Don’t be put off by the name – Devil’s Rock is actually among the more easy-going of the points on the Taghazout surf spots map. Located on the long plage to the south of the town, it’s a sand-bottomed beach break that breaks low and slow. The direction is mostly from left to right but there are good winter A-frames to boot. Prime height is around the chest to head and you can expect rides of between 50-100m if you manage to get up and sit in the pocket. The beach is a lovely one too!
Good intermediates and pros in search of a Moroccan right-hand barrel should make their way to Boilers. It’s the farthest north of the main Taghazout surf breaks. The wave sits in a lovely wind channel that’s created by the foothills of the Atlas, so it’s rarely onshore and very sheltered. That lets swells of 6-10 foot come in uninterrupted and create peeling right-handers. The skills here is the take-off, which is fast and comes dangerously close to a rusting shipwreck. Get to know the break before you try it and then get ready for the speediest tube in town!
The lovely little (and yes, it probably is the littlest around) wave at Banana Beach is the beginner mecca of Tagazhout. It’s actually closer to the nearby village of Tamraght, and a mere 20 minutes’ drive from Agadir. The accessibility of it all does tend to up the crowds. In fact, the line up at Banana is almost always packed, but there’s a healthy contingent of surf schools so novices have no call to be daunted. Wave wise, we’re talking a mellow, often mushy right-hand point that rolls into several beach peaks, all with a soft sand bottom.
K17 is worth knowing about if you’re a complete beginner or improving intermediate looking for some cruisy beach breaks. On a long, sandy beach, this one cooks up plenty of separate peaks that offer a little punch in the middle of the winter high season and good whitewash for the summer. It’s a favourite of surf schools, so watch out for flying boards!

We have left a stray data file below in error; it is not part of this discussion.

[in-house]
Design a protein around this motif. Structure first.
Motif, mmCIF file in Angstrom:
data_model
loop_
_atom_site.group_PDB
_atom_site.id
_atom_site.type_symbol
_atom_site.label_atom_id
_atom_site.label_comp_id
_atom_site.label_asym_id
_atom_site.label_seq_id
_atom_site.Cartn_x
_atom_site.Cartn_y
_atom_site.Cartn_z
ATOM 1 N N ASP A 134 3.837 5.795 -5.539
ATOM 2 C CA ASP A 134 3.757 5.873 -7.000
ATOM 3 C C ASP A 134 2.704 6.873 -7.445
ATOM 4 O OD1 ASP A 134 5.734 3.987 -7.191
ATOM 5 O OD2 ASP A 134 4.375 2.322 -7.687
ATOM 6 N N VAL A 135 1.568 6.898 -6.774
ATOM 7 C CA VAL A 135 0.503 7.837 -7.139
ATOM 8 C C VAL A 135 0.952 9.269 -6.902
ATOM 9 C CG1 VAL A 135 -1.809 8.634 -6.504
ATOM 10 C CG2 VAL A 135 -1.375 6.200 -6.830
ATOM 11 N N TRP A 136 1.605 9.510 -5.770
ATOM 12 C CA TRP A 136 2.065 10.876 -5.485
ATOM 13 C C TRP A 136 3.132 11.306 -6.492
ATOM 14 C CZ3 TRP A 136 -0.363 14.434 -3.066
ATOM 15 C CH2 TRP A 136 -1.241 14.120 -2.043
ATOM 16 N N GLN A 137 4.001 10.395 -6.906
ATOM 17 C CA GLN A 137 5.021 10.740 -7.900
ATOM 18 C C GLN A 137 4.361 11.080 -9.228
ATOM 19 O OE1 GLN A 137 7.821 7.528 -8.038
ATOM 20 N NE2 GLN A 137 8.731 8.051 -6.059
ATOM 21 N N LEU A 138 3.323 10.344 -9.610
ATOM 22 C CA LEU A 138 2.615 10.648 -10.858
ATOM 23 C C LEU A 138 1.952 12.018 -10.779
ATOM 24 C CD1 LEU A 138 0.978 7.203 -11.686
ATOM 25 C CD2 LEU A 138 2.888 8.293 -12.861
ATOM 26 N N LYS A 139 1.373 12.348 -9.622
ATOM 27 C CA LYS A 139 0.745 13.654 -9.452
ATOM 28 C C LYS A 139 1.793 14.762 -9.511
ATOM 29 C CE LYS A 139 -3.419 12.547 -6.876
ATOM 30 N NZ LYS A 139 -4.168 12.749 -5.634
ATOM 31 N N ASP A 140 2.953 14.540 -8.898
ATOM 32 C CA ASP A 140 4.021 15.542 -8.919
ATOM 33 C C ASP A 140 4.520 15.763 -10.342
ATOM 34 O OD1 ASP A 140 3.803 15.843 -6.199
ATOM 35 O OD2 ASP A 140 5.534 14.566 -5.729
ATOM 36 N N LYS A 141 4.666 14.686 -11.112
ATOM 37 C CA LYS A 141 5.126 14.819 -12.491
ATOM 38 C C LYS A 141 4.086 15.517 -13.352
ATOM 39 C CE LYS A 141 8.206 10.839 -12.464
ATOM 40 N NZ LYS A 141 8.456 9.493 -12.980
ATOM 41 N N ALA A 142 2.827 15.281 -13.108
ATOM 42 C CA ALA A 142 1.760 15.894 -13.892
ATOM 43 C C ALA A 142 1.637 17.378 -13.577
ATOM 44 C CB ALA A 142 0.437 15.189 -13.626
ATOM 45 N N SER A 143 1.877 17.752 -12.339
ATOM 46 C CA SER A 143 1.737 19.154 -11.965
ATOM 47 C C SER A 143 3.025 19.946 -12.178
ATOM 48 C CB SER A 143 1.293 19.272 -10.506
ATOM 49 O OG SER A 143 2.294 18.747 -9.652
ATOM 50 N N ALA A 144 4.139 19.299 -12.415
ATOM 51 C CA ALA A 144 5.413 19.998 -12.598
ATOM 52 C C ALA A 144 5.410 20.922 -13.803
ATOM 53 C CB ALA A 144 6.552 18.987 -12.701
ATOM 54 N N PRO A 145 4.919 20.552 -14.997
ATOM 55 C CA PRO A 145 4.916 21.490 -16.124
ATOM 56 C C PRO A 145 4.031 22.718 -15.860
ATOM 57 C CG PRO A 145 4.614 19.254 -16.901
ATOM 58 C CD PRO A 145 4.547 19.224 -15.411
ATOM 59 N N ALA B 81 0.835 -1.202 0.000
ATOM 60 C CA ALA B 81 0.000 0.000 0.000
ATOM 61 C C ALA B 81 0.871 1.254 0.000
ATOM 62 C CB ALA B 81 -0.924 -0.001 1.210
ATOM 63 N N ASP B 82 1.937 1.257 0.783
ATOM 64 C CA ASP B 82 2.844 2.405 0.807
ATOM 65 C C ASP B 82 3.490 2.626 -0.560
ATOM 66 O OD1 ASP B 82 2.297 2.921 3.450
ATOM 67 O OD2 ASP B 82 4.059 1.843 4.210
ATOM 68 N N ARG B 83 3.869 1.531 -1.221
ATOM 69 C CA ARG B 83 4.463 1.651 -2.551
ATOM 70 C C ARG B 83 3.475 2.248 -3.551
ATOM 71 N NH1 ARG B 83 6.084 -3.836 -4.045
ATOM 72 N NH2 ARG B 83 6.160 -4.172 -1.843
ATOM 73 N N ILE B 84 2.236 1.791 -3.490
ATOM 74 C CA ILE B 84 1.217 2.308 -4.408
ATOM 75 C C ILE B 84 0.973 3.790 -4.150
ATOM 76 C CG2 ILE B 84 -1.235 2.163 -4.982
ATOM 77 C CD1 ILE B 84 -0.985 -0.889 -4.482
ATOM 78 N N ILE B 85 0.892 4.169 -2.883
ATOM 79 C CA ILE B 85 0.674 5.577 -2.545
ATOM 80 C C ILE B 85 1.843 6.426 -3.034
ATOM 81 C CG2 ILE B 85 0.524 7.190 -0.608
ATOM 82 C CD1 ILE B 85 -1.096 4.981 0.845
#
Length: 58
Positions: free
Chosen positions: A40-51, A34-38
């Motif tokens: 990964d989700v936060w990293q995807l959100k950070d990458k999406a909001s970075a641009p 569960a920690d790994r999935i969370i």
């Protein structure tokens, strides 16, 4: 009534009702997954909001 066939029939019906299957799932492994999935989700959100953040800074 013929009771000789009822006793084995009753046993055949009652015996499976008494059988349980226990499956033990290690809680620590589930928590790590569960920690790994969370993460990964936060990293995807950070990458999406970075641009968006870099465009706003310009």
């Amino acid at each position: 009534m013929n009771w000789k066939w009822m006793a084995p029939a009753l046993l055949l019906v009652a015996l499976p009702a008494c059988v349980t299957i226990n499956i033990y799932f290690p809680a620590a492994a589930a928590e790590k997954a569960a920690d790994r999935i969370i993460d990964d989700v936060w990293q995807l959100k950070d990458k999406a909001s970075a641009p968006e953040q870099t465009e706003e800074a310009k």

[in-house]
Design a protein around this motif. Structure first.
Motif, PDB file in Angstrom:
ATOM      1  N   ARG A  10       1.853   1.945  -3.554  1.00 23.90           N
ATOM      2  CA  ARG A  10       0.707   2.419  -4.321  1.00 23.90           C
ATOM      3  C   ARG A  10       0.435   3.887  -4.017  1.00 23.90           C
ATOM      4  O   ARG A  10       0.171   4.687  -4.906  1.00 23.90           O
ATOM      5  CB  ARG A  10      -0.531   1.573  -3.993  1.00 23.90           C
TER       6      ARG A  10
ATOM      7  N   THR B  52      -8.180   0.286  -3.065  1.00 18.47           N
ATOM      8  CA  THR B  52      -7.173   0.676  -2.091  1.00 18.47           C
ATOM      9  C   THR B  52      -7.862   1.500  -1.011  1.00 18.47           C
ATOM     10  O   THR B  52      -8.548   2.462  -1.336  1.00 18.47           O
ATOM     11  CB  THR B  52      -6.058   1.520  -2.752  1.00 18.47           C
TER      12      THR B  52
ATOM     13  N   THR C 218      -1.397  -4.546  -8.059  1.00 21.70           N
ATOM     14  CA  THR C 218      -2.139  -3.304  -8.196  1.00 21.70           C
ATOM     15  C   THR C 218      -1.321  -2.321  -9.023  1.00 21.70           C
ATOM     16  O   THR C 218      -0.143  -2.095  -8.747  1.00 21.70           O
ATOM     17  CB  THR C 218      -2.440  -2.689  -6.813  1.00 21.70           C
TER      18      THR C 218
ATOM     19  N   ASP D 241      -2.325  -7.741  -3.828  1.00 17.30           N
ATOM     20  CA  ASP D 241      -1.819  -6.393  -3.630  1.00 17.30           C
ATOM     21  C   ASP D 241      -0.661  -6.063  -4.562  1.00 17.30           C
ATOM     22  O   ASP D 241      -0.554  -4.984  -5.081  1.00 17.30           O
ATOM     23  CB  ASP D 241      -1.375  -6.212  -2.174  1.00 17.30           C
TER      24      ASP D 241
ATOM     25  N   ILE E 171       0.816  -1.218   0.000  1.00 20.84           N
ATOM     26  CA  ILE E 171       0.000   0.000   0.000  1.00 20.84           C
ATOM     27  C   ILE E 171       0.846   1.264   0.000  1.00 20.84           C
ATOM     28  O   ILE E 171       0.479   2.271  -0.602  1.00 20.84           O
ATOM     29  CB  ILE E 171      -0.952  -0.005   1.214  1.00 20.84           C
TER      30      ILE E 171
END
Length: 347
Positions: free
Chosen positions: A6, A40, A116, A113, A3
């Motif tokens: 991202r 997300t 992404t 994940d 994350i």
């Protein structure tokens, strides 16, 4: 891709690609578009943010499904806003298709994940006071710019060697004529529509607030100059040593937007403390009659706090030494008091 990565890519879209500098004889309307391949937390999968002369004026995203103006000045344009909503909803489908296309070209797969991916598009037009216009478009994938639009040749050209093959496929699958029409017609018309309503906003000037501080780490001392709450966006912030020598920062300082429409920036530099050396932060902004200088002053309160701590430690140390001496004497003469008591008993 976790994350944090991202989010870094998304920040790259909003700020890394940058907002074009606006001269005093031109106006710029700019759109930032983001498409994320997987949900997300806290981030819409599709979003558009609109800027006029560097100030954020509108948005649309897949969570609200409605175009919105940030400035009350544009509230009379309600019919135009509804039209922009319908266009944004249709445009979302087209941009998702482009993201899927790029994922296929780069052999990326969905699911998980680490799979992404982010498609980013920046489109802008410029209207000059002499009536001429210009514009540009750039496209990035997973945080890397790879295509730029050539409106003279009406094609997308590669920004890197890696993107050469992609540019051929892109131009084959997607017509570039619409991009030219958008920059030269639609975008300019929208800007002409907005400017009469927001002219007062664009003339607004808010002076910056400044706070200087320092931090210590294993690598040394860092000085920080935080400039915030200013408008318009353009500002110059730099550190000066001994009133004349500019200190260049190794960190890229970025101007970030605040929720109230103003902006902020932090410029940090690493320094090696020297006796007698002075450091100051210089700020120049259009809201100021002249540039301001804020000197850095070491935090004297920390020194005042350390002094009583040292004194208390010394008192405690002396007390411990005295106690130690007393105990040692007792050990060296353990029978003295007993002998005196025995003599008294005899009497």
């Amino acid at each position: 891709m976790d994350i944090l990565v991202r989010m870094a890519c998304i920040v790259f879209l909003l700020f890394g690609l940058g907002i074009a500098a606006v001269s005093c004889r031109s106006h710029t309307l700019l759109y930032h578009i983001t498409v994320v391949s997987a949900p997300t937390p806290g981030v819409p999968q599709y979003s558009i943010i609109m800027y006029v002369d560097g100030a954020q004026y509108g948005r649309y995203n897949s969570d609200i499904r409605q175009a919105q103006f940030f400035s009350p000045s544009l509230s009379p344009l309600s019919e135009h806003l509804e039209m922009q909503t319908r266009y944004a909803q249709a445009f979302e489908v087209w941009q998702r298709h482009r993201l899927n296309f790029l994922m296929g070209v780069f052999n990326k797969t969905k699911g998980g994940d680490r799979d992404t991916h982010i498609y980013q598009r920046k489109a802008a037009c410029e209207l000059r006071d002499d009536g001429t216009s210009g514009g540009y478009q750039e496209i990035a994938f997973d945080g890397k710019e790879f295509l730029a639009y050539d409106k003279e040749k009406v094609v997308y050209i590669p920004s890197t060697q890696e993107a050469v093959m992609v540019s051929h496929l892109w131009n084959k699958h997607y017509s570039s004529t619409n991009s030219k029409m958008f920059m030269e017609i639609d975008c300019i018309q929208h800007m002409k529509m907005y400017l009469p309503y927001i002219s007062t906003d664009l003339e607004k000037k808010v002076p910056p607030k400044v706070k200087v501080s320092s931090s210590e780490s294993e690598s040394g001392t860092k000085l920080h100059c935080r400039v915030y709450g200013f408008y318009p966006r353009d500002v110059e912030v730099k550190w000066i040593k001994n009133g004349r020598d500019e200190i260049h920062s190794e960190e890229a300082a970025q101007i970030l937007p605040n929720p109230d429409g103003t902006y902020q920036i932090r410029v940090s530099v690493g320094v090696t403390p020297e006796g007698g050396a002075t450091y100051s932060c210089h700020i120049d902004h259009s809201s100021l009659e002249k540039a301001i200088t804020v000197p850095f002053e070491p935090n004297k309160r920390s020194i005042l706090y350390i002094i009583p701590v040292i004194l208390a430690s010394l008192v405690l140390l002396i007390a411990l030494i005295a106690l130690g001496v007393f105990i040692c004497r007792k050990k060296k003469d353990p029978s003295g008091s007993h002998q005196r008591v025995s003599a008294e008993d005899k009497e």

Depending on the height, the much-loved break at La Source can host all levels of rider. What typically puts the local Taghazout surf schools off is the hard rock-reef floor that rolls underfoot. But that shouldn’t deter you if you’re keen to hit a reef break, because La Source is actually relatively forgiving and fun. At its best (at mid tide and with a NW swell and offshore easterlies) it can form lovely A-frames that are rippable in both directions.
The best places to stay for surfing in Taghazout
There’s certainly no shortage of fantastic places to stay in Taghazout these days. The boom in surf travel here has brought all sorts, from family-friendly resorts with pools to vibrant hostels that offer their own board rentals. Some of the ones we can recommend are:
Sol House Taghazout Bay Surf ($$)
You get front-row views of the beach just south of Taghazout from this four-star hotel. It’s highly rated by surfers for its proximity to the beginner and intermediate waves between Banana Beach and Devil’s Rock. The rooms stand out too for being individual bungalows, many of which have spacious terraces for that post-surf chill and sprawling interiors that include separate lounges with flat-screen TVs.
Paradis Plage Surf Yoga & Spa ($$$)
Closer to the gnarly surf points of Boilers and Killer Point, the Paradis Plage is a taste of luxury just outside of Taghazout town. Build with the adobe styles of local Berber villages in mind, it mingles perfectly with the surrounding deserts and dust hills. There’s a central pool and garden area, with designated yoga spots to boot. An on-site spa has a hammam and private massage parlours, just in case you need to soothe the muscles after long sessions on the waves.
Hashpoint Surf Camp ($)
There’s an authentic Moroccan feel to this lovely surf camp on the edge of Taghazout. Expect arabesque doorways and carved-wood windows, with tiles walls and dangling lanterns – the sort of North African hotel you’ve seen in the travel brochures. But Hashpoint is a surf camp at heart. It offers rentals, lessons, and easy access to the area’s most acclaimed breaks.
Taghazout Sea Surf ($)
Authentic and fun, Taghazout Sea Surf can be summed up by its big roof terrace. It’s a medley of tassel-edged cushions, flickering fire pits and multicoloured Moroccan rugs – the sort of thing you’d expect to see in Lawrence of Arabia. Rooms are all with shared bathrooms, but that fits with the communal, co-living vibe. You’ll love getting to know your fellow travellers and surfers, both on and off the waves.